Stephen Brown, chief executive of the National Council of Canadian Muslims, or NCCM, said he was very pleased with Ms. Elghwabi’s appointment, noting that she has a long history of advocating for Muslims, is bilingual and is very dedicated.

He said the recommendation for the role stemmed from the National Summit on Islamophobia, following the 2021 killing of four members of a Muslim family — the Afzals — in London, Ontario, which police said was motivated by anti-Muslim hatred. Six Muslim men were killed and another 19 were injured in a 2017 Quebec City mosque shooting.

Born in Egypt, Ms. Elghwabi was a child when her family immigrated to Canada, where her father worked for decades as an engineer with the federal government and her mother raised her and her siblings in the East End of Ottawa. Raised in suburbia.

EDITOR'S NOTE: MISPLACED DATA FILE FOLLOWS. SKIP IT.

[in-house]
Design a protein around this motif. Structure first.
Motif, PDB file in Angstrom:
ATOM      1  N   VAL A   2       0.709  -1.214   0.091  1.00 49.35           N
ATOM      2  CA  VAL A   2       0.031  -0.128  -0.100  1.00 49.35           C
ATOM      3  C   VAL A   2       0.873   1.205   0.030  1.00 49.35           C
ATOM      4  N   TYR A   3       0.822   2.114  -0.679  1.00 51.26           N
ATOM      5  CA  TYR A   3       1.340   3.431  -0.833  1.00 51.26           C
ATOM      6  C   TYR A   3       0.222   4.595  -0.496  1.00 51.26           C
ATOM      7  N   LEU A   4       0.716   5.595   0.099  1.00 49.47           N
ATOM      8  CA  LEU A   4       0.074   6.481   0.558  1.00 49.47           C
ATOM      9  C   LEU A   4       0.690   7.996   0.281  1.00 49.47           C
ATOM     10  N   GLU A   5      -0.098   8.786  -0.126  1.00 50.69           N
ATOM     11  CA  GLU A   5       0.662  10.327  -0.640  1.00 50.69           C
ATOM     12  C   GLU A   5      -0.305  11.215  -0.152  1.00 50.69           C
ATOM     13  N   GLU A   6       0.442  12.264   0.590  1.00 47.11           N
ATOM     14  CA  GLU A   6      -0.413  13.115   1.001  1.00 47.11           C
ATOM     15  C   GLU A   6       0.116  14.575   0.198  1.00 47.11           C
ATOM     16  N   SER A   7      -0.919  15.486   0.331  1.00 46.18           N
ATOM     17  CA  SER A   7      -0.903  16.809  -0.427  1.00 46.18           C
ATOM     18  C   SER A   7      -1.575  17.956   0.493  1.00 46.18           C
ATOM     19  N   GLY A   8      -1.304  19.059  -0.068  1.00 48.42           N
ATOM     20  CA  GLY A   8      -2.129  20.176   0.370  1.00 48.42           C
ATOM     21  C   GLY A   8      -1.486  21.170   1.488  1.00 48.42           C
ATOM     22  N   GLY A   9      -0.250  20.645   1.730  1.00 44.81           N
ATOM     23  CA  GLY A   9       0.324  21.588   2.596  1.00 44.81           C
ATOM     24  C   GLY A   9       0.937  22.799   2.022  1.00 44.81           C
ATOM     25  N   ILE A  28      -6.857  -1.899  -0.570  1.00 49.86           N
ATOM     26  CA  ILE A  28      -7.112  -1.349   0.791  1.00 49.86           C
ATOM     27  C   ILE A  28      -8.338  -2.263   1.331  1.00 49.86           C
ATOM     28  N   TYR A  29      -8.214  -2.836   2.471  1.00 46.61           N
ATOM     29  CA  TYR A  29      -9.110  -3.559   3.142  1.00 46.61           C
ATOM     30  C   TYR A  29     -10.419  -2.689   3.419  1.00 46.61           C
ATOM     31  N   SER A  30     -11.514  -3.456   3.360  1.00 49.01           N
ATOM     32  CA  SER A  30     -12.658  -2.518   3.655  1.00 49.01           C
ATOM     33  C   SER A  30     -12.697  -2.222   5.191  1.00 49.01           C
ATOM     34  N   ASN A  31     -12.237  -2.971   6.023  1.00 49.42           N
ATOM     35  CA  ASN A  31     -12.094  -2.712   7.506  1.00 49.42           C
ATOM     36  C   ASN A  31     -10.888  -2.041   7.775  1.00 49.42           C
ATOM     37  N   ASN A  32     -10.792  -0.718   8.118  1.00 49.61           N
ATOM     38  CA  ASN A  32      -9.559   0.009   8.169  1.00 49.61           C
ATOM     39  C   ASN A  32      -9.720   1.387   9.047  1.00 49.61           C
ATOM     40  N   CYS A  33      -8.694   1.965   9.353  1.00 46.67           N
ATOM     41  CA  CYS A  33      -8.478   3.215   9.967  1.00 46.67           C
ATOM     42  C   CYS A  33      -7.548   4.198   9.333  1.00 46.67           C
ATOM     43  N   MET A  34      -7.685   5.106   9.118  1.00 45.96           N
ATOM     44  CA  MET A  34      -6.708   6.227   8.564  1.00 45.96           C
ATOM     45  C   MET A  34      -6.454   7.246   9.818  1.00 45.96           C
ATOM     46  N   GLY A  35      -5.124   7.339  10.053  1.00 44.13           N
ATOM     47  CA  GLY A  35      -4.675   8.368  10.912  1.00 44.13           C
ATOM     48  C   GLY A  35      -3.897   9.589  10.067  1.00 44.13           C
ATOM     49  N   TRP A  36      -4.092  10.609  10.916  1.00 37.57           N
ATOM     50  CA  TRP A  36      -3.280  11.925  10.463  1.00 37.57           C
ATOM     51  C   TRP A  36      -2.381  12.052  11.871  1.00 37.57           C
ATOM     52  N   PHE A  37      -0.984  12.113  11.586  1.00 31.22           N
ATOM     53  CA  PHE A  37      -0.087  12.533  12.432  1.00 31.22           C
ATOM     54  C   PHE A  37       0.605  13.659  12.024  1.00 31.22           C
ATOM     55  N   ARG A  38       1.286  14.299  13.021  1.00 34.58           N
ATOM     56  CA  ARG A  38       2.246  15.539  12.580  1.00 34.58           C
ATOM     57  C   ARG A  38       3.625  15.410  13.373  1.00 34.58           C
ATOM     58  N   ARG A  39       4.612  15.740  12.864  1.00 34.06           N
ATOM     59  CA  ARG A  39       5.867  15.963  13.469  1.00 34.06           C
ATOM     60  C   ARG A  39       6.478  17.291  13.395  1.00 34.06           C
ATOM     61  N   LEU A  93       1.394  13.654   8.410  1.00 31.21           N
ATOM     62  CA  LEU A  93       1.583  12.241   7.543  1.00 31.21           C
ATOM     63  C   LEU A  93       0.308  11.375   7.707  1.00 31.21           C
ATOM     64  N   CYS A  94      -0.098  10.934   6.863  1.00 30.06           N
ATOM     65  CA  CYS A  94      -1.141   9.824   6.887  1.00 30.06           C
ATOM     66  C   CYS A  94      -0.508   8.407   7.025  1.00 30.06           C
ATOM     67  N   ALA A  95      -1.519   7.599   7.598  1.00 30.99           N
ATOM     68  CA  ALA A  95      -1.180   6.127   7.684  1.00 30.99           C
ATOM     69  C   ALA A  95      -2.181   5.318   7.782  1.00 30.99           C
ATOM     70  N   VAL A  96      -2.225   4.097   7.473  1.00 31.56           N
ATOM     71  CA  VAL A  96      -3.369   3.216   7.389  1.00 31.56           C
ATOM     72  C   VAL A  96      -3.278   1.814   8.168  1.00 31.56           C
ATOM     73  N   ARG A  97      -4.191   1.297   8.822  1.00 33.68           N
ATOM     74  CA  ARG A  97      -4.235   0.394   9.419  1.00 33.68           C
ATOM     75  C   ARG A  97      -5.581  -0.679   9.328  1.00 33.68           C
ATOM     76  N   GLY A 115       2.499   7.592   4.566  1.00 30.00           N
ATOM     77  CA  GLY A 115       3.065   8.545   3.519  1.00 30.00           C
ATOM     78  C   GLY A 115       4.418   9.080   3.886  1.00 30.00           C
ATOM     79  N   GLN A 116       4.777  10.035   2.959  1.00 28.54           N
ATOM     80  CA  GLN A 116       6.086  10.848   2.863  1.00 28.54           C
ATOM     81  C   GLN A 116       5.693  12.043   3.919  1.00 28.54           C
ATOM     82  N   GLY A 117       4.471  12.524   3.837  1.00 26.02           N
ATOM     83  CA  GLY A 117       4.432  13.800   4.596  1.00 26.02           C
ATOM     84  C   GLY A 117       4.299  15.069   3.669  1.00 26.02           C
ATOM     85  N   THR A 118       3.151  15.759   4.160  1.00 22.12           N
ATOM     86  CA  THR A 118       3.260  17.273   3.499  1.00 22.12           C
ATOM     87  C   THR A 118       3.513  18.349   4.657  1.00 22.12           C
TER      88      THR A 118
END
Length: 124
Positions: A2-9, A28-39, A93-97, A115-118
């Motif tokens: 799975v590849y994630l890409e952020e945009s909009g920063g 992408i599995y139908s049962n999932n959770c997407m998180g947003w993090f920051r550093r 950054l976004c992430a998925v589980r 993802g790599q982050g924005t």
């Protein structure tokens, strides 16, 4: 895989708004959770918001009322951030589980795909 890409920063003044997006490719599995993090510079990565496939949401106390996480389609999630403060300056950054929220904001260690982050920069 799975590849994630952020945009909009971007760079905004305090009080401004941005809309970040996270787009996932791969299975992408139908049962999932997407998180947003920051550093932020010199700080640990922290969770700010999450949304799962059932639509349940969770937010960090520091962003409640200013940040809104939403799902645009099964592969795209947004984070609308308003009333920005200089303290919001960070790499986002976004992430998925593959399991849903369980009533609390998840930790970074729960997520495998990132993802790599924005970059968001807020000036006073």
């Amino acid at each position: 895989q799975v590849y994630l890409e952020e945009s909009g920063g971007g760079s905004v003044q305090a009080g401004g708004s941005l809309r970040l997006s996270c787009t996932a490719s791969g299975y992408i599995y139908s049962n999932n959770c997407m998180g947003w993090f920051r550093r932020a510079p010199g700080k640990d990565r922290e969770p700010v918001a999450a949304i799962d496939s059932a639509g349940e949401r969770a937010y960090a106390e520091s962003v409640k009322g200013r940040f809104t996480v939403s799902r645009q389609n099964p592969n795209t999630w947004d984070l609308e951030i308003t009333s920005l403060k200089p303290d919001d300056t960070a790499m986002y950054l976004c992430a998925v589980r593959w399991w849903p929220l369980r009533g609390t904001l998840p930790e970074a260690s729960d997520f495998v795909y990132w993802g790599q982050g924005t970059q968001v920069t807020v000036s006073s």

When Ms Elghwabi decided to start wearing a head scarf – while studying journalism at Carleton University in the early 2000s – she remembered her father warning her against it. He worried about the obstacles a visible marker of faith might pose, he said.

“I remember telling him, ‘I really believe that Canada is a place where I can wear a head scarf and I can still contribute and I can still be successful,’” she said. Told.

Despite the realities of Islamophobia – realities that cause her to be cautious at the mosque – Ms Elghwabi said she always had high hopes for Canada.

In a career spanning more than two decades, Ms. Elghwabi has written for CBC News and served as a contributing columnist for the Toronto Star; Founding Board Member of the Canadian Anti-Hate Network; and worked with the National Council of Canadian Muslims and, more recently, for the Canadian Race Relations Foundation.

In interviews, several people said Ms. Elghwabi is known for her work building connections in communities.

Debbie Douglas, executive director of the Ontario Council of Agencies Serving Immigrants, told Ms Elghwabi she is deeply concerned about how Islamophobia is intertwined with issues of anti-semitism alongside women’s rights and anti-black racism.